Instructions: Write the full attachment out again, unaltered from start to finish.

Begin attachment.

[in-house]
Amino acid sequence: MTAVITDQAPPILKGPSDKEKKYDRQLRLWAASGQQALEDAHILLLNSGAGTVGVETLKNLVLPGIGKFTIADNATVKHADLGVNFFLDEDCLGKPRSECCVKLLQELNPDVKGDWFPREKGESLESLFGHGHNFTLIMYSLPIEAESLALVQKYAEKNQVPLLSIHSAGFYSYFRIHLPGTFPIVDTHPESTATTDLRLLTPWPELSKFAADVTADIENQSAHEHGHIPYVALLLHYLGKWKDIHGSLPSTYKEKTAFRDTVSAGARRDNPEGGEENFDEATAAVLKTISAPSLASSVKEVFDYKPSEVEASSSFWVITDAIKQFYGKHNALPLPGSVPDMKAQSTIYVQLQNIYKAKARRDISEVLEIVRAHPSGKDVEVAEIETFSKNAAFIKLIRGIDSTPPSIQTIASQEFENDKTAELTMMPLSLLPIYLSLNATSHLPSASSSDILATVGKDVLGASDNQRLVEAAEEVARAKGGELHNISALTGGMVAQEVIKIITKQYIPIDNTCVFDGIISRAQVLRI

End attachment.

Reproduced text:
[in-house]
Amino acid sequence: MTAVITDQAPPILKGPSDKEKKYDRQLRLWAASGQQALEDAHILLLNSGAGTVGVETLKNLVLPGIGKFTIADNATVKHADLGVNFFLDEDCLGKPRSECCVKLLQELNPDVKGDWFPREKGESLESLFGHGHNFTLIMYSLPIEAESLALVQKYAEKNQVPLLSIHSAGFYSYFRIHLPGTFPIVDTHPESTATTDLRLLTPWPELSKFAADVTADIENQSAHEHGHIPYVALLLHYLGKWKDIHGSLPSTYKEKTAFRDTVSAGARRDNPEGGEENFDEATAAVLKTISAPSLASSVKEVFDYKPSEVEASSSFWVITDAIKQFYGKHNALPLPGSVPDMKAQSTIYVQLQNIYKAKARRDISEVLEIVRAHPSGKDVEVAEIETFSKNAAFIKLIRGIDSTPPSIQTIASQEFENDKTAELTMMPLSLLPIYLSLNATSHLPSASSSDILATVGKDVLGASDNQRLVEAAEEVARAKGGELHNISALTGGMVAQEVIKIITKQYIPIDNTCVFDGIISRAQVLRI